When a company or department is underperforming or suffering losses, restructuring strategies can be used to turn things around. Restructuring strategies involve making fundamental adjustments to the strategy or processes used, and can include mergers, acquisitions, management buy-outs, refinancing, management change, staff cuts, and reorganization. Restructuring management is a process dedicated to corporate renewal that uses analysis and planning to save companies in trouble and return them to solvency. The concept of turnaround strategies is also applicable to the economy of a country or region after a period of stagnation or recession.
Recovery strategies are a series of measures that companies use to recover from a period of declining performance. Companies that rely solely on cost reduction as a recovery strategy run the risk of experiencing greater staff turnover due to decreased employee morale. Therefore, renewal management is closely related to change management, transformation management, and post-merger integration management. Strategists advocate the use of a proactive, top-down management style for successful restructuring strategies.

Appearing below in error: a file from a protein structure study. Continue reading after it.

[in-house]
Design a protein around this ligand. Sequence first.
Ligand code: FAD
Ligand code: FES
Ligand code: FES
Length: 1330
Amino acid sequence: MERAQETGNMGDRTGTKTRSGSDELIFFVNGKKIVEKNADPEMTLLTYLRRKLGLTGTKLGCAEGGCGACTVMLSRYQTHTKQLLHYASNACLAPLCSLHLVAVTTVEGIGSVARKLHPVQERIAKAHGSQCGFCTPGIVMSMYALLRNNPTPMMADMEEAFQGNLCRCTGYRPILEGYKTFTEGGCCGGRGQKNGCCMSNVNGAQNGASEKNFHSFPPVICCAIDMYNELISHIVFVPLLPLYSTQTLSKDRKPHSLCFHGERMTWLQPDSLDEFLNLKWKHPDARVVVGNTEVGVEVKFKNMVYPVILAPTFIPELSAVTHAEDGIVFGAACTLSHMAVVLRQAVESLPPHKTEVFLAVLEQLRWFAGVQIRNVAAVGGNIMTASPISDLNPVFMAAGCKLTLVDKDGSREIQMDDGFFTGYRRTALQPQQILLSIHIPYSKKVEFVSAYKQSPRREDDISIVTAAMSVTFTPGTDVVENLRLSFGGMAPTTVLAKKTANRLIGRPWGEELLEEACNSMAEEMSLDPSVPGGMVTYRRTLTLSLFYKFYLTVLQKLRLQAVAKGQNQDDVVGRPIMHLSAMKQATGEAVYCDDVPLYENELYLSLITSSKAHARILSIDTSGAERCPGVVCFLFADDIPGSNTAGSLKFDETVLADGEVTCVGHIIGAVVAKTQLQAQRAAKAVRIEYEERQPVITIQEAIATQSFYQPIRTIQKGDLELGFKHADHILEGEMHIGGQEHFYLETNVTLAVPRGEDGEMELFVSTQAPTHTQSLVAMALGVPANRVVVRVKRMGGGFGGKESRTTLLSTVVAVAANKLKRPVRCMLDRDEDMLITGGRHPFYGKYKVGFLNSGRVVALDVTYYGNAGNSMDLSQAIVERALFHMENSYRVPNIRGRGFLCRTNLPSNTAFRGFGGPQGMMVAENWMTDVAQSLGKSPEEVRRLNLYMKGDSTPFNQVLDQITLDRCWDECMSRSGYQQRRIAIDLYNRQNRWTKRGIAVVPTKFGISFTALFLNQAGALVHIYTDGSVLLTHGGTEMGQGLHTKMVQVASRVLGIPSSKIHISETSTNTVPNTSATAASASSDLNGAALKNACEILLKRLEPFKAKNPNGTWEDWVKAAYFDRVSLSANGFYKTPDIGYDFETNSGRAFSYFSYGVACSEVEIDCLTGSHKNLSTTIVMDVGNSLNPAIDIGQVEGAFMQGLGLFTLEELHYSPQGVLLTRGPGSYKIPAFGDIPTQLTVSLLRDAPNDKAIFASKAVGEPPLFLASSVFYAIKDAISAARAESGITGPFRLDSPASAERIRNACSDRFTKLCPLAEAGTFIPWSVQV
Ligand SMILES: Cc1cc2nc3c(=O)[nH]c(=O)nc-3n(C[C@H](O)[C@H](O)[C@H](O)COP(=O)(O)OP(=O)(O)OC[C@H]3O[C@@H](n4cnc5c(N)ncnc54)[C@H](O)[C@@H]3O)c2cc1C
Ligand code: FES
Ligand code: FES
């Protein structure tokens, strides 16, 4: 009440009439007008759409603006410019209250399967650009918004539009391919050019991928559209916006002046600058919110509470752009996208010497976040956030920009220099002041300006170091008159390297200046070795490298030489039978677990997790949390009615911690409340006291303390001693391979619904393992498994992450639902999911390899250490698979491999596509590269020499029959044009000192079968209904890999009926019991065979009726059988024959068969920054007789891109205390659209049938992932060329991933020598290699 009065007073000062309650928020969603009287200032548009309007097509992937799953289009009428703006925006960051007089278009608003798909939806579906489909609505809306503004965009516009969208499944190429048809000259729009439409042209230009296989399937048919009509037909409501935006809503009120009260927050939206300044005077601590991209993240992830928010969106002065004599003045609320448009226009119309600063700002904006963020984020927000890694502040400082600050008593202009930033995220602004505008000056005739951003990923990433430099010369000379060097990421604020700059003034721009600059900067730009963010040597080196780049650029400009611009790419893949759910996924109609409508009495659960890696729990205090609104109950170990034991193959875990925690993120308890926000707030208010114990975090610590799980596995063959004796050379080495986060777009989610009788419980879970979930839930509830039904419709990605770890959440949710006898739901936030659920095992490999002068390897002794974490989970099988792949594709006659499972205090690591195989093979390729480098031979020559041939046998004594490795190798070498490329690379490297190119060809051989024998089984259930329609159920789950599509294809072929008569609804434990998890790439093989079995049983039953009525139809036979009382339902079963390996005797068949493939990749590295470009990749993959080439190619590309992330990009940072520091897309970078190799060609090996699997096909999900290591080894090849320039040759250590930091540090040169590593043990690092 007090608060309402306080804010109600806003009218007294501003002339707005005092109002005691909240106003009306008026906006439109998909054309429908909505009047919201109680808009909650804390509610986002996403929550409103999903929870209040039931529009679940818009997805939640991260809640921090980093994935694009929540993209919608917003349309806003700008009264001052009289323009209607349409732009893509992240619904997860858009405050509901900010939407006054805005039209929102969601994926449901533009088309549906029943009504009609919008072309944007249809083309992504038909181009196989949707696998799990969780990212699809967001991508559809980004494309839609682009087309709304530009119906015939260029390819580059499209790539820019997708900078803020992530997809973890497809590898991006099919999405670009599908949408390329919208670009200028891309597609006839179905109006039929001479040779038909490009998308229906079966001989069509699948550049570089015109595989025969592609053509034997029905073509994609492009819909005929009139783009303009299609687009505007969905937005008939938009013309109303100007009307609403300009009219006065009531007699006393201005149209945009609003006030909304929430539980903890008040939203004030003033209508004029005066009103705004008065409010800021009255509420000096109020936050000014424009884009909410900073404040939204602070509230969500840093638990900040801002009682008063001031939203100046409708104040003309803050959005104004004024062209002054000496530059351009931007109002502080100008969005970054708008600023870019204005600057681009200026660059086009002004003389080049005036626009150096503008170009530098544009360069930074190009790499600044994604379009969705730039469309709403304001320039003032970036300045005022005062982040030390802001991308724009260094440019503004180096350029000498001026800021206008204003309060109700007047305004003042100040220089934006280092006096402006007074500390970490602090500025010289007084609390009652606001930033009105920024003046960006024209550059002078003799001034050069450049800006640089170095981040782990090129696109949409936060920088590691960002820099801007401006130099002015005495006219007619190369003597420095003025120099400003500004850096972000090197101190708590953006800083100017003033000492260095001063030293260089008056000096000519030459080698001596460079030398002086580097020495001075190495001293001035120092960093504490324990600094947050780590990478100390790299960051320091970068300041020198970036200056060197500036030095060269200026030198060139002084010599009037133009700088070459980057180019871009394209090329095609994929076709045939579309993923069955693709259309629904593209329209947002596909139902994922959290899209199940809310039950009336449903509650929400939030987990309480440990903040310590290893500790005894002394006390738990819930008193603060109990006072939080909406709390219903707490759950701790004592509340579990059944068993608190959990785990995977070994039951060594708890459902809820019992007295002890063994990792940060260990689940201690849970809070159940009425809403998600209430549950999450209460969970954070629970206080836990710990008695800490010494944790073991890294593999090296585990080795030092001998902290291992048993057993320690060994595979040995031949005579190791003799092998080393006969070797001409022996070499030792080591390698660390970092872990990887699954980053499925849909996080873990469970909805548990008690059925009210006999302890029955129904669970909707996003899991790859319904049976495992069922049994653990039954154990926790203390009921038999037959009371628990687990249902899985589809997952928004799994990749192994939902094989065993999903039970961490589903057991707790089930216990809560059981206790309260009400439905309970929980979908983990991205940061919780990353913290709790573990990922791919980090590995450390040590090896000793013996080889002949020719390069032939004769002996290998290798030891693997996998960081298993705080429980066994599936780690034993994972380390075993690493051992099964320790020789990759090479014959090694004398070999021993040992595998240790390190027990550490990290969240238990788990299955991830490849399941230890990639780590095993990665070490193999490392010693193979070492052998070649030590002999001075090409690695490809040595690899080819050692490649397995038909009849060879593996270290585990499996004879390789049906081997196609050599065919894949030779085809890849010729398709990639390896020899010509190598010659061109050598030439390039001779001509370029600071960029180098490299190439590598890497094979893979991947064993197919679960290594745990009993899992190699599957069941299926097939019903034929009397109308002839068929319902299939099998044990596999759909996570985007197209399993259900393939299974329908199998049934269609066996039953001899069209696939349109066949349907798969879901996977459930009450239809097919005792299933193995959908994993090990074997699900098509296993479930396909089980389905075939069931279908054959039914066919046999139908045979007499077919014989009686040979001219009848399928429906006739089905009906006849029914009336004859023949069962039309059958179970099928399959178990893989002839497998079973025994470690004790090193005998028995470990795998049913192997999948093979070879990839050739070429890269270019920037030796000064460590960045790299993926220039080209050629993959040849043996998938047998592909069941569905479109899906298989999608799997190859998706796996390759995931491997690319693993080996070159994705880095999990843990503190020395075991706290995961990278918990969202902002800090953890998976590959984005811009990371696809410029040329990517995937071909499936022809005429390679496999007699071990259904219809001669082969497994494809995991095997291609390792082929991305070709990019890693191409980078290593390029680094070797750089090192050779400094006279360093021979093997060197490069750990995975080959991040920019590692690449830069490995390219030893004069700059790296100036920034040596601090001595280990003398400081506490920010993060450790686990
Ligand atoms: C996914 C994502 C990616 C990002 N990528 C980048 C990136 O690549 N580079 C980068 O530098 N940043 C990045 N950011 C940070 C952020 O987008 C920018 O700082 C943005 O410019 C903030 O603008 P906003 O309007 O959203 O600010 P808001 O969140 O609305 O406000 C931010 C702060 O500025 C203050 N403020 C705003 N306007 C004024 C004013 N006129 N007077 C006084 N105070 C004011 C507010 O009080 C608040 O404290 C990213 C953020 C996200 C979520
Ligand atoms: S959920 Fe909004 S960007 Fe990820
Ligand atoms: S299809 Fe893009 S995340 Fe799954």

As a result, a new senior management team can allow the company to focus on new strategies to lead the recovery. The overall measure of the success of the restructuring strategy is the increase in the company's net income. If a public organization is in a recovery situation, it is subject to performance dimensions (for example, the period of decline and recovery in performance is called recovery and is measured based on net income). The usefulness of reducing assets as a recovery strategy depends on the company's ability to generate cash flow.
In this case, the selection must be done quickly, as it may not be possible to take a second step after a new or existing poor performance.